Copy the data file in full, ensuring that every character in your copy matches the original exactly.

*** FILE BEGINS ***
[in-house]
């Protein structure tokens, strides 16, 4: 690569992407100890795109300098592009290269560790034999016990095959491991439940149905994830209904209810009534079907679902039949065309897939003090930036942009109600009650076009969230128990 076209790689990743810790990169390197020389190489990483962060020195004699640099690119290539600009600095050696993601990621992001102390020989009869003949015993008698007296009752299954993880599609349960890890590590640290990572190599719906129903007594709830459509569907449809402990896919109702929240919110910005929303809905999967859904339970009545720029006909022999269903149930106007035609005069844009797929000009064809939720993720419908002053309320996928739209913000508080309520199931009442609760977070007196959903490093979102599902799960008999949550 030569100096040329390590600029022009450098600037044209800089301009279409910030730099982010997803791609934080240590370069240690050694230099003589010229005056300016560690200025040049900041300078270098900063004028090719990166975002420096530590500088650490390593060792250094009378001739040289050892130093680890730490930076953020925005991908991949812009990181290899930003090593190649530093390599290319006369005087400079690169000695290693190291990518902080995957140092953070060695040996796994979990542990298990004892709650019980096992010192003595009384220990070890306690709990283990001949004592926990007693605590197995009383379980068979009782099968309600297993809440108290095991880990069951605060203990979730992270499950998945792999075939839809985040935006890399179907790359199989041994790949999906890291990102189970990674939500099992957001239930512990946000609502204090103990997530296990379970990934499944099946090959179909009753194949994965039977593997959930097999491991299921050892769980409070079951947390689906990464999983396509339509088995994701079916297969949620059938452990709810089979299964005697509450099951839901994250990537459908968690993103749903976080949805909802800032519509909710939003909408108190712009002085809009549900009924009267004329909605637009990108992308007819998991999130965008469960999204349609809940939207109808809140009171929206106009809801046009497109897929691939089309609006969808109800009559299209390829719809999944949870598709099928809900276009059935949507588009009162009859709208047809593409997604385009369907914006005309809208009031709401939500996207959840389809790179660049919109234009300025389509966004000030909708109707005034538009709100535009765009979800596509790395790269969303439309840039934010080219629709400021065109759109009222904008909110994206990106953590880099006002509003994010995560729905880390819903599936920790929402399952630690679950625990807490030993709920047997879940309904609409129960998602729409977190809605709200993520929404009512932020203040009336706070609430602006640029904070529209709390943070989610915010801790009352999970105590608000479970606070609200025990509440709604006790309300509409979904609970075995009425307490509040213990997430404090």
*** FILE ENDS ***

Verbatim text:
[in-house]
């Protein structure tokens, strides 16, 4: 690569992407100890795109300098592009290269560790034999016990095959491991439940149905994830209904209810009534079907679902039949065309897939003090930036942009109600009650076009969230128990 076209790689990743810790990169390197020389190489990483962060020195004699640099690119290539600009600095050696993601990621992001102390020989009869003949015993008698007296009752299954993880599609349960890890590590640290990572190599719906129903007594709830459509569907449809402990896919109702929240919110910005929303809905999967859904339970009545720029006909022999269903149930106007035609005069844009797929000009064809939720993720419908002053309320996928739209913000508080309520199931009442609760977070007196959903490093979102599902799960008999949550 030569100096040329390590600029022009450098600037044209800089301009279409910030730099982010997803791609934080240590370069240690050694230099003589010229005056300016560690200025040049900041300078270098900063004028090719990166975002420096530590500088650490390593060792250094009378001739040289050892130093680890730490930076953020925005991908991949812009990181290899930003090593190649530093390599290319006369005087400079690169000695290693190291990518902080995957140092953070060695040996796994979990542990298990004892709650019980096992010192003595009384220990070890306690709990283990001949004592926990007693605590197995009383379980068979009782099968309600297993809440108290095991880990069951605060203990979730992270499950998945792999075939839809985040935006890399179907790359199989041994790949999906890291990102189970990674939500099992957001239930512990946000609502204090103990997530296990379970990934499944099946090959179909009753194949994965039977593997959930097999491991299921050892769980409070079951947390689906990464999983396509339509088995994701079916297969949620059938452990709810089979299964005697509450099951839901994250990537459908968690993103749903976080949805909802800032519509909710939003909408108190712009002085809009549900009924009267004329909605637009990108992308007819998991999130965008469960999204349609809940939207109808809140009171929206106009809801046009497109897929691939089309609006969808109800009559299209390829719809999944949870598709099928809900276009059935949507588009009162009859709208047809593409997604385009369907914006005309809208009031709401939500996207959840389809790179660049919109234009300025389509966004000030909708109707005034538009709100535009765009979800596509790395790269969303439309840039934010080219629709400021065109759109009222904008909110994206990106953590880099006002509003994010995560729905880390819903599936920790929402399952630690679950625990807490030993709920047997879940309904609409129960998602729409977190809605709200993520929404009512932020203040009336706070609430602006640029904070529209709390943070989610915010801790009352999970105590608000479970606070609200025990509440709604006790309300509409979904609970075995009425307490509040213990997430404090």